It's amazing what you can do with a little effort.
When Children's Aid alumnus Kevin was told he'd be the subject of a 500-word profile, he smiled. "It would take much more than 500 words to describe how much this organization has meant to me!"
Kevin peppers his speech with exclamation points, projecting a confident passion for what he does and a desire to do it well. He's a freshman at Baruch College, majoring in Public Affairs with a minor in Theater, Communication and Law. In his free time, he works as a wardrobe supervisor on Off-Broadway shows and assists in a class on theatrical design at Manhattan Center for Science and Math (MCSM), his high school and a former Children's Aid community school.
Kevin didn't always pursue dreams with such intensity. Before discovering The Children's Aid Society at MCSM, he saw his life options as much more limited. "I came from a background where there wasn't really much for me to do," he remembers. "Coming to a school that offered so much because of The Children's Aid Society was kind of surprising at first. As a result of these programs, I've always been a step ahead of my friends in other schools." Kevin became active in the Children's Aid-sponsored NY Urban Debate League. Through the debate program, he made a number of lasting friends and gained rhetorical skills that he uses daily at Baruch.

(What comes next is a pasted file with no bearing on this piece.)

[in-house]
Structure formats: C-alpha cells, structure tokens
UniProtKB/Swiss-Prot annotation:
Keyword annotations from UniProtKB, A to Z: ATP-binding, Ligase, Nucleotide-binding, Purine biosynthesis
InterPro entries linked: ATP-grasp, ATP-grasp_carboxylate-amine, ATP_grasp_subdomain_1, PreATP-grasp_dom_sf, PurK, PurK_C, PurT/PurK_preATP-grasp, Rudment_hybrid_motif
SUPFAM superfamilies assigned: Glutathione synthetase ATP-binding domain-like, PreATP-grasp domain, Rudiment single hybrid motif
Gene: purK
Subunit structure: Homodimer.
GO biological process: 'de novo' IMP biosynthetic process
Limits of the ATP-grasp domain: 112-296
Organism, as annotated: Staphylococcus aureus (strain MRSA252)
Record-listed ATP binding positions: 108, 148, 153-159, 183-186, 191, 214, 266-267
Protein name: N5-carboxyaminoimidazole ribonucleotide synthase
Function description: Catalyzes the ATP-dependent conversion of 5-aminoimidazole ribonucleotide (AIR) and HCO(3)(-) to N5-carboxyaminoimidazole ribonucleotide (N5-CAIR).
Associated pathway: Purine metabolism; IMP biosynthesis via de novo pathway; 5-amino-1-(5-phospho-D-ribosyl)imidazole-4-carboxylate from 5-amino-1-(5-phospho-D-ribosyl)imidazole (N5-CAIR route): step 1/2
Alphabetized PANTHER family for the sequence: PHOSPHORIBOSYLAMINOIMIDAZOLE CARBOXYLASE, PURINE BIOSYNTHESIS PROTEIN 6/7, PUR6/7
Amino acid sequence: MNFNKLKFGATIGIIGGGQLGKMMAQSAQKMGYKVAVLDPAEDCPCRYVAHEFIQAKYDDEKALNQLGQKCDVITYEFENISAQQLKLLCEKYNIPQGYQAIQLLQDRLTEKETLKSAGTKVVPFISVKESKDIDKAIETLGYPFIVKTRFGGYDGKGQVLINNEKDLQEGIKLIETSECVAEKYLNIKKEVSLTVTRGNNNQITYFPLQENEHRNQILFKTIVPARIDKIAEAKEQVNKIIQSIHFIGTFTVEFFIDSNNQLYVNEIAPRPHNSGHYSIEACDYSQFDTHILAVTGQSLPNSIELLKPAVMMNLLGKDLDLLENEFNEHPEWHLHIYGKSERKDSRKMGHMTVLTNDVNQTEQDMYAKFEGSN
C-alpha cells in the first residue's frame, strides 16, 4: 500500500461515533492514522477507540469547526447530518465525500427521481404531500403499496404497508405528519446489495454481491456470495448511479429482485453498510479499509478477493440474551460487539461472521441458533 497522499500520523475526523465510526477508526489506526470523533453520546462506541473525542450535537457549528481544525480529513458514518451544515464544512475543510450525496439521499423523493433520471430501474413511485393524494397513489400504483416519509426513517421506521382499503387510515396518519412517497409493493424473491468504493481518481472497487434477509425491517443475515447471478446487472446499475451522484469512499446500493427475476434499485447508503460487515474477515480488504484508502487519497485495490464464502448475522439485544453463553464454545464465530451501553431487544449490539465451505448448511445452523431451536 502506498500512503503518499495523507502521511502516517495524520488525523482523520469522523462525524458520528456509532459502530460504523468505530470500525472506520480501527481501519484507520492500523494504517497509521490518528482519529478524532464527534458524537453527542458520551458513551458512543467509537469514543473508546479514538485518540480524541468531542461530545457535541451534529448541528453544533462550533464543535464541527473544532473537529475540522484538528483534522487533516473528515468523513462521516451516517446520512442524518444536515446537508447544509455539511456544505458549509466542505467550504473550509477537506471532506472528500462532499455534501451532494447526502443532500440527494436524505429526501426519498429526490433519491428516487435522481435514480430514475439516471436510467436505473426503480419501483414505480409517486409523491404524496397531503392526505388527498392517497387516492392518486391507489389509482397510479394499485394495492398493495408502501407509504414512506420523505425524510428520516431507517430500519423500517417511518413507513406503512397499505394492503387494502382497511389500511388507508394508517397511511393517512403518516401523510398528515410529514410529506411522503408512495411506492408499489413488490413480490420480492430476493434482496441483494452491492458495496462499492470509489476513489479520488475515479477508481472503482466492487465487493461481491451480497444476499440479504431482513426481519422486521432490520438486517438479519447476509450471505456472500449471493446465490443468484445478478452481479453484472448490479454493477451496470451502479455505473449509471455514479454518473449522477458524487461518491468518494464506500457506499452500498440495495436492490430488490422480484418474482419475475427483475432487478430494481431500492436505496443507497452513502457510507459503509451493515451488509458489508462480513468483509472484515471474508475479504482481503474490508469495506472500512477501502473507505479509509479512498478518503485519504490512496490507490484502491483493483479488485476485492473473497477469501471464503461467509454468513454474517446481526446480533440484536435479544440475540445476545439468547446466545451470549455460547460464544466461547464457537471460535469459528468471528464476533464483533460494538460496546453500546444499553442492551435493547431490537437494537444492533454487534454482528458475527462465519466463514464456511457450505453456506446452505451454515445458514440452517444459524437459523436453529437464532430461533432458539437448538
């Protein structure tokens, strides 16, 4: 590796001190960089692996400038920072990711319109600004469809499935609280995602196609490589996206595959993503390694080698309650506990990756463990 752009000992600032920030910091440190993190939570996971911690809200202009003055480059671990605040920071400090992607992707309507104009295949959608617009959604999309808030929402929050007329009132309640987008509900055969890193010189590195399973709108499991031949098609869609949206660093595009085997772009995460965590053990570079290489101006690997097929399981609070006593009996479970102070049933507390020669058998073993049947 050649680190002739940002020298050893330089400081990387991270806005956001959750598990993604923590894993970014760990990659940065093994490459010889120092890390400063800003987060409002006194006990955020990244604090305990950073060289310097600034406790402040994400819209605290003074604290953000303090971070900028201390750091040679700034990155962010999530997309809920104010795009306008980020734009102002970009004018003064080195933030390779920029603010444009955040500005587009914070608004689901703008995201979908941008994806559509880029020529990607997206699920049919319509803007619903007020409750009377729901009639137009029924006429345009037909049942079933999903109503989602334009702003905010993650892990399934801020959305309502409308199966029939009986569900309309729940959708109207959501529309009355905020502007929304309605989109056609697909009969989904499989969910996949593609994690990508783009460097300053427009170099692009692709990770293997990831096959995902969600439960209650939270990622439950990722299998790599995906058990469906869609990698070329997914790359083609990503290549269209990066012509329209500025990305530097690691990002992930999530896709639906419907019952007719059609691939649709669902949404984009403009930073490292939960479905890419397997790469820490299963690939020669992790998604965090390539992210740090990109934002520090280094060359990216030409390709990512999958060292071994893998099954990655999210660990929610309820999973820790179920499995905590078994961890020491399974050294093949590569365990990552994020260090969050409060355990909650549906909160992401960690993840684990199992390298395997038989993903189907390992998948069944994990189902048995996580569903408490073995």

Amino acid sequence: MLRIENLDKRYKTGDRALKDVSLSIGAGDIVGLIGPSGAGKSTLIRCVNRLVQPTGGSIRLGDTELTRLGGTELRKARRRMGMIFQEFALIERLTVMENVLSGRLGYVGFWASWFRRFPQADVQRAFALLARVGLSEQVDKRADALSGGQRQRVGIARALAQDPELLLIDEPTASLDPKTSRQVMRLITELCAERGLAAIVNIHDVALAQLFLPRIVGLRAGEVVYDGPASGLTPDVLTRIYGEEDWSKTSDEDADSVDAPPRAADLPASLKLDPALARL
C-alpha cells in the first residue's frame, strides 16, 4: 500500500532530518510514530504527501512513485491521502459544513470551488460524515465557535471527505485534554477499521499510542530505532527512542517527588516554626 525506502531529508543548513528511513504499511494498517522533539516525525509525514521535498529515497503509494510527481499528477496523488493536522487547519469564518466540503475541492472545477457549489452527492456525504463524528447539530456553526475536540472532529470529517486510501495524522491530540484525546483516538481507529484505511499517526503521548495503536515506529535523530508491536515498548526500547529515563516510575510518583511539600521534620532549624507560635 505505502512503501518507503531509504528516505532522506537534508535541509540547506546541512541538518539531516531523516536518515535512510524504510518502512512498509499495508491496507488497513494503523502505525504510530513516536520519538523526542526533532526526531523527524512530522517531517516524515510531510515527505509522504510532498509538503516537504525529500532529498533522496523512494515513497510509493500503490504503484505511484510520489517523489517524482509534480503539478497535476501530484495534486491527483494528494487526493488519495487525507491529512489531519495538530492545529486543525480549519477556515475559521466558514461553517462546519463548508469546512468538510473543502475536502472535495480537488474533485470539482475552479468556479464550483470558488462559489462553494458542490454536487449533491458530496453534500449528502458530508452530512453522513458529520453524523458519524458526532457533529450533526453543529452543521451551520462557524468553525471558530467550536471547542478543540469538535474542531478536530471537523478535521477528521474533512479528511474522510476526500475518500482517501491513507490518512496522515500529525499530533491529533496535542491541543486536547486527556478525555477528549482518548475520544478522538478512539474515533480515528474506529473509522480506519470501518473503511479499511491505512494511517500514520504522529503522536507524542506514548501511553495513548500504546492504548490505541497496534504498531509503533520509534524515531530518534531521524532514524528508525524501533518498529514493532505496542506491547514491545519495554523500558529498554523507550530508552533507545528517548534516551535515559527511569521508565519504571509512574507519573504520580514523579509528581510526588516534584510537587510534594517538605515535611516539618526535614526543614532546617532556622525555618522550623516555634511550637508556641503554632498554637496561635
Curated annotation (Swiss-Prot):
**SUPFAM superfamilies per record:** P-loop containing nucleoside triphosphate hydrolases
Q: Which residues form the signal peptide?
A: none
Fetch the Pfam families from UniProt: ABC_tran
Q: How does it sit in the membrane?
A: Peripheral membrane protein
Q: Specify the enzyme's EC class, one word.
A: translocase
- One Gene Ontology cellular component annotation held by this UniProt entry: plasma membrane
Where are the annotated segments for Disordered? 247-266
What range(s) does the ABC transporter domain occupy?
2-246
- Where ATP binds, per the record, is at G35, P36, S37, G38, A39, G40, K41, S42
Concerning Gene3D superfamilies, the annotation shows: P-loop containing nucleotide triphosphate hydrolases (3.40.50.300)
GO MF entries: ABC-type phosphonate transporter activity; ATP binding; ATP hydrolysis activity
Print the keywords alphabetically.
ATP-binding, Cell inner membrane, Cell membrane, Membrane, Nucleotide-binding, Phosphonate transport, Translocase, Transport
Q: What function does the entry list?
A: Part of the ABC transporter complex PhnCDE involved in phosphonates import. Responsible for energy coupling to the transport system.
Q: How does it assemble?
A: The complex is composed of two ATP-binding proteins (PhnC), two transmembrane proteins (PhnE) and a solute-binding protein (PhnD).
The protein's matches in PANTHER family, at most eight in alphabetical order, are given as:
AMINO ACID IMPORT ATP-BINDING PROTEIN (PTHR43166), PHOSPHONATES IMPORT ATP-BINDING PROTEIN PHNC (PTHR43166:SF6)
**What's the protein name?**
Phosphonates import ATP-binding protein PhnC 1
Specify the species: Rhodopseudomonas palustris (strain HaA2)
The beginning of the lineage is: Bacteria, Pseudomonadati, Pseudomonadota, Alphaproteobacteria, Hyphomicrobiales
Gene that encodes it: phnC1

Just as the programs he participated in at MCSM helped Kevin envision a different future for himself, Children's Aid’s Corporate Workplace Program showed him how to achieve those goals in a real-world workplace. Corporate Workplace, a partnership between Children's Aid and executives on its Corporate Advisory Committee, secured Kevin an internship at HBO. "I worked with the photography section, along with a group of four senior photo editors and a computer technician," he remembers. "They gave me a lot of responsibility. They actually had me sit down and work by myself. I picked out the pictures for the Sopranos media book!"
Days at HBO were followed by evening Corporate Workplace seminars covering the finer points of business etiquette, from post-interview thank-you notes to appropriate table manners. "I learned that you shouldn't slouch or use street language in front of a CEO," he recalls with amusement.
Of all the valuable things Kevin learned through his internship, the one he applies most consistently in daily life is multitasking. "I learned at HBO that, while I'm waiting for one thing to get finished by someone else, I should start on something else," he says. It's an approach he's taken into his work in the theater: "Now while I'm waiting around for the set designer to finish something, I can be steaming a costume or helping the actors or actresses get dressed."
Kevin's life has been profoundly shaped by his experiences in Children's Aid's programs. But perhaps most importantly, The Children's Aid Society gave Kevin a sense of belonging – and the knowledge that he's participating in something bigger than himself. "Growing up, I was never part of a community," he says. "Now, at The Children's Aid Society, I feel I'm part of something for the greater good."